My Little Pocketbooks: Review: Lolita   
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Tuesday, November 25, 2014

Review: Lolita

Author: Vladimir Nabokov
Genre:  Literature
Publisher:  Random House Audio
Release Date:  September 26, 2005
Audiobook:  11 hours and 32 minutes
Narrator: Jeremy Irons
Source: Free from e-Library

Book Description

When it was published in 1955, Lolita immediately became a cause célèbre because of the freedom and sophistication with which it handled the unusual erotic predilections of its protagonist. But Vladimir Nabokov's wise, ironic, elegant masterpiece owes its stature as one of the twentieth century's novels of record not to the controversy its material aroused but to its author's use of that material to tell a love story almost shocking in its beauty and tenderness.

Awe and exhilaration–along with heartbreak and mordant wit–abound in this account of the aging Humbert Humbert's obsessive, devouring, and doomed passion for the nymphet Dolores Haze. Lolita is also the story of a hypercivilized European colliding with the cheerful barbarism of postwar America, but most of all, it is a meditation on love–love as outrage and hallucination, madness and transformation. With an introduction by Martin Amis.


This book was selected as my Book Clubs Banned Book for September.  I've heard about it and I knew about the book's premise.  In fact, after living in Japan for a year I was introduced to the Lolita underground culture there.
If this was not selected as a Book of the Month I would have not picked it up.
HH is a grown man with a love for young women or more like young girls he calls Nymphets.  After a failed marriage HH moves into the guesthouse of a single mother whose daughter is the subject of his new found lust.  Just as HH begins to make his true feelings known to the young Dolores Haze fate falls into his lap and the real rouse begins.
This book is really hard for me to like and yet I love it.  The subject matter of a grown man in love (and sexually) aroused by the bodies mostly (not her mind) of a young child is GROSS! and not right at all.  But the author Vladimir Nabokov wrote this book so beautifully.  The subject matter was written so well that I honestly forgot a few times that Lolita was a kid and not a grown woman.  There was humor, drama, and a realism in this book that you have to put the label of "Good Literature" on it regardless.  Regardless Lolita was kidnapped.  Regardless he basically raped her.  Regardless he is on the run with her.  Besides all of that...I know, I know, I know this sounds crazy and I feel crazy typing this.  This book is for a mature reader only.  If you can read something and take it as a book and not put your personal experiences into it then you might enjoy this book.  But it's hard to tell.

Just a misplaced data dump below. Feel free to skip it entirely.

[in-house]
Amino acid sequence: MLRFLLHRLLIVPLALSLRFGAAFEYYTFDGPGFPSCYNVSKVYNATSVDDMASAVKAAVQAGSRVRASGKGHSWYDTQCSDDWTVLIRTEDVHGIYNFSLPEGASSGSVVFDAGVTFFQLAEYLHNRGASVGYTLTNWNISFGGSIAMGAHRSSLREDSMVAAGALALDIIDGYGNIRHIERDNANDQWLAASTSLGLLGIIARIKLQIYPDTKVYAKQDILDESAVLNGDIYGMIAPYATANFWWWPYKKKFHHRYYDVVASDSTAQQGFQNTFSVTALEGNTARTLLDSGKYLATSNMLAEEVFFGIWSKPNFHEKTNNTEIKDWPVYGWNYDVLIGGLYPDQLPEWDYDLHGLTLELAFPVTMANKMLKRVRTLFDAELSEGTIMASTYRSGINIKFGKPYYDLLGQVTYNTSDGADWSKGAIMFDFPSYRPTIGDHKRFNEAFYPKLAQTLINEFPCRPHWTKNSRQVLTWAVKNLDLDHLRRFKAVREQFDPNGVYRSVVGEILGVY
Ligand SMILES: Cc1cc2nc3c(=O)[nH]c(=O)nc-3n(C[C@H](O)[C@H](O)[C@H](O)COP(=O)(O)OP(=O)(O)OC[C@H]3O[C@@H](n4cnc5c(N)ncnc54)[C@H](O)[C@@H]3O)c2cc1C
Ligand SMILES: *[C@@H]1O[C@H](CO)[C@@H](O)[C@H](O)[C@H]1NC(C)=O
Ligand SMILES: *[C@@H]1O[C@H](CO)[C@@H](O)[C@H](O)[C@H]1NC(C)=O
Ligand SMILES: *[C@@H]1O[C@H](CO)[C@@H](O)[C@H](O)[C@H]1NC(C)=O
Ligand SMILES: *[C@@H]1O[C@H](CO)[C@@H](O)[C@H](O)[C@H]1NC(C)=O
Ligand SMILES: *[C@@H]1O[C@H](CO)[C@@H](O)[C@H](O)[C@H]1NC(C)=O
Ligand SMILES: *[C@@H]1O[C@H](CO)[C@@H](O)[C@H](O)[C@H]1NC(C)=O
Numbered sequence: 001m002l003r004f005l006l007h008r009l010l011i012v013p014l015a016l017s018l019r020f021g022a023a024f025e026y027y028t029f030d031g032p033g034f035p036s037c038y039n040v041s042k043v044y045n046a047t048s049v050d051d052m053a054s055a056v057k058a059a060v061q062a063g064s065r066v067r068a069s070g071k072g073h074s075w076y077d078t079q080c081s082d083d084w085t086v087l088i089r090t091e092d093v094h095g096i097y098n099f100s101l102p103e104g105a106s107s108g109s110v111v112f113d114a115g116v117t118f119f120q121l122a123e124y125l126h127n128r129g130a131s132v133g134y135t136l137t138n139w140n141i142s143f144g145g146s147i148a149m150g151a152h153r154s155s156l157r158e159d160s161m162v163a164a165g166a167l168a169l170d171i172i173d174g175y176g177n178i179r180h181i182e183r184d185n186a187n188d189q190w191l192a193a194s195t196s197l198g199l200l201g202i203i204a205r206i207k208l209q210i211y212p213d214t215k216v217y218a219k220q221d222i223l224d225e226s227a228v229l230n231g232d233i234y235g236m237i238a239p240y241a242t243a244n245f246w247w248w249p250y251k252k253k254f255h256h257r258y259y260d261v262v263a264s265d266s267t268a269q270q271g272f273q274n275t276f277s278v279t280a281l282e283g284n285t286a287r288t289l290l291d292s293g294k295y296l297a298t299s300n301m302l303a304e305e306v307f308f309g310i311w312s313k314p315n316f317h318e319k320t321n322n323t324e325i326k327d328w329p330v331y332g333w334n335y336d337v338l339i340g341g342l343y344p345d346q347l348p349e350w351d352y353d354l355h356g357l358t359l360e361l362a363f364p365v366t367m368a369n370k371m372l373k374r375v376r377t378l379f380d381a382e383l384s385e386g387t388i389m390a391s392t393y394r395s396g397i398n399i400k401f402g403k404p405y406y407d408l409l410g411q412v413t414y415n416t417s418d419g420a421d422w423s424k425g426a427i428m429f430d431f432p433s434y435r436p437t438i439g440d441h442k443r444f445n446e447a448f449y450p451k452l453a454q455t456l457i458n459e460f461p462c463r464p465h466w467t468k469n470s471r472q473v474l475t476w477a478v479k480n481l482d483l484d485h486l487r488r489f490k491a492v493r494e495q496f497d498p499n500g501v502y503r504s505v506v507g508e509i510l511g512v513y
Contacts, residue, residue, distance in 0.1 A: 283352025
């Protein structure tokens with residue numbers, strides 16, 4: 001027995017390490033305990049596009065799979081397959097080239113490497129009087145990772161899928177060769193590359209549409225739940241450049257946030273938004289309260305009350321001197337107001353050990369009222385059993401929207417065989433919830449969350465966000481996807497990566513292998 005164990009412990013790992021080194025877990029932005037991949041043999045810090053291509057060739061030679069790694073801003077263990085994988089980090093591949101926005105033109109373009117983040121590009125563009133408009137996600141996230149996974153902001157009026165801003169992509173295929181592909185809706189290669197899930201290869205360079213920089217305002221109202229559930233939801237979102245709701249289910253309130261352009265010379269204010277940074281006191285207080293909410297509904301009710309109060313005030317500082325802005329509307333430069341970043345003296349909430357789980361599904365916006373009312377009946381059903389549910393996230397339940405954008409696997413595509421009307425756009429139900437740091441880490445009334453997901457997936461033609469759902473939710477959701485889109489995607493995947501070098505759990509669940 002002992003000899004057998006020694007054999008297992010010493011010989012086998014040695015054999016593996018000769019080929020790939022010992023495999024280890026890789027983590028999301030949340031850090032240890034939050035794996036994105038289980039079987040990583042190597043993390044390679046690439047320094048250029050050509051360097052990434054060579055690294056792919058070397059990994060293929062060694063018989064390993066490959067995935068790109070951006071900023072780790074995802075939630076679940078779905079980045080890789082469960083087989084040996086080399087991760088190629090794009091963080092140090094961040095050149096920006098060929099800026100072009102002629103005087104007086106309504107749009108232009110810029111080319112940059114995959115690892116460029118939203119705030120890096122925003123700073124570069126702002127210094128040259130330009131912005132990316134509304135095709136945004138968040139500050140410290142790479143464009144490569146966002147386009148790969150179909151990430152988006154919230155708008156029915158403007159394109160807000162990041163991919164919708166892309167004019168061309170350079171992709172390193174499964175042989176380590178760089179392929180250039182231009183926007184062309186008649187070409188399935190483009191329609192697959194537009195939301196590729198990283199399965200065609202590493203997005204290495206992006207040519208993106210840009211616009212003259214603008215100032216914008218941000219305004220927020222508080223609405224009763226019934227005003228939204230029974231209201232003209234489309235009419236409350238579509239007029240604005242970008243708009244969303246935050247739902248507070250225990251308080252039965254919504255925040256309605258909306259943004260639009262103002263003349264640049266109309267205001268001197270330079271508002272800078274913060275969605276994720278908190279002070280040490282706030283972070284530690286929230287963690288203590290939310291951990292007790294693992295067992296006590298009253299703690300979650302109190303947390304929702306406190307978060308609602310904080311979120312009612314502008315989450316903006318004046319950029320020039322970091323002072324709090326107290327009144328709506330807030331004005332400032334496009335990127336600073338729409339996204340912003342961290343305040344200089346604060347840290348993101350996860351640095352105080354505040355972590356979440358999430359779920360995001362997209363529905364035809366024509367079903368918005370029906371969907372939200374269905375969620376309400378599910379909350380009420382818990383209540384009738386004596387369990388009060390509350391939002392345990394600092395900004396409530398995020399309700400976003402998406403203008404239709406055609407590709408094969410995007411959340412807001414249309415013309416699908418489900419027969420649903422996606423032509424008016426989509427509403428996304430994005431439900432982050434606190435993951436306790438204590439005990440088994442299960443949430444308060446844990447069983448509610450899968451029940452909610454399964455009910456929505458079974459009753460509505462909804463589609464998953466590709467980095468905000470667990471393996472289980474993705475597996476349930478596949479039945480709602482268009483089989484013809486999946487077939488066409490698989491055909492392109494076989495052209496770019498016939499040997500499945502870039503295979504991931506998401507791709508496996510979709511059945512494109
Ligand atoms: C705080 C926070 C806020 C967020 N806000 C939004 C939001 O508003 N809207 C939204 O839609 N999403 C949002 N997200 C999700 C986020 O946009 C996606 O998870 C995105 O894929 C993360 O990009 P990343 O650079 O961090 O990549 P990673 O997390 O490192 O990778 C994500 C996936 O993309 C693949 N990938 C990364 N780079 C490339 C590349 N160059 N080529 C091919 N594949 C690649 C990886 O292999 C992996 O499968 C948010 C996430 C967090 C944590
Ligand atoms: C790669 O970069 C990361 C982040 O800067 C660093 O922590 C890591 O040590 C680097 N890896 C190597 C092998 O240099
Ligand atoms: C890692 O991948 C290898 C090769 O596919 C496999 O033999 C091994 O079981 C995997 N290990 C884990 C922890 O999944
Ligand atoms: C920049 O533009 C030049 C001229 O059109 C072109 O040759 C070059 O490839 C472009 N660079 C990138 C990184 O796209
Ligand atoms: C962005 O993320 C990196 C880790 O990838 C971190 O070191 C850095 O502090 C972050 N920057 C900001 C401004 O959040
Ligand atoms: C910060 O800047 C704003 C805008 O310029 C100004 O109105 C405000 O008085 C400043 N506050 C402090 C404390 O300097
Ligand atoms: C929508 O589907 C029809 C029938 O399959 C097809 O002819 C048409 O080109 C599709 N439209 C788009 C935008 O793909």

Jeremy Irons is the living, breathing HH.  He played HH in the movie so having him read the audiobook (not sure which one came first) was a no brainier.  Jeremy Irons proves my point about having actors read audiobooks.  They literately become the characters and you can hear it in every single word they say.  They do more than just read the words on the page to you, they give the words meaning and emotion.  He was the best and made the book come to life.  

Reviews by Other Bloggers


I recommend this book to adults only!!  The subject matter is tooooo much for young readers.


This book is number 4 in my Banned Book Reading Challenge
This book is number 48 in my Good Reads Reading Challenge 

 Mocha Girls Read Book of the Month

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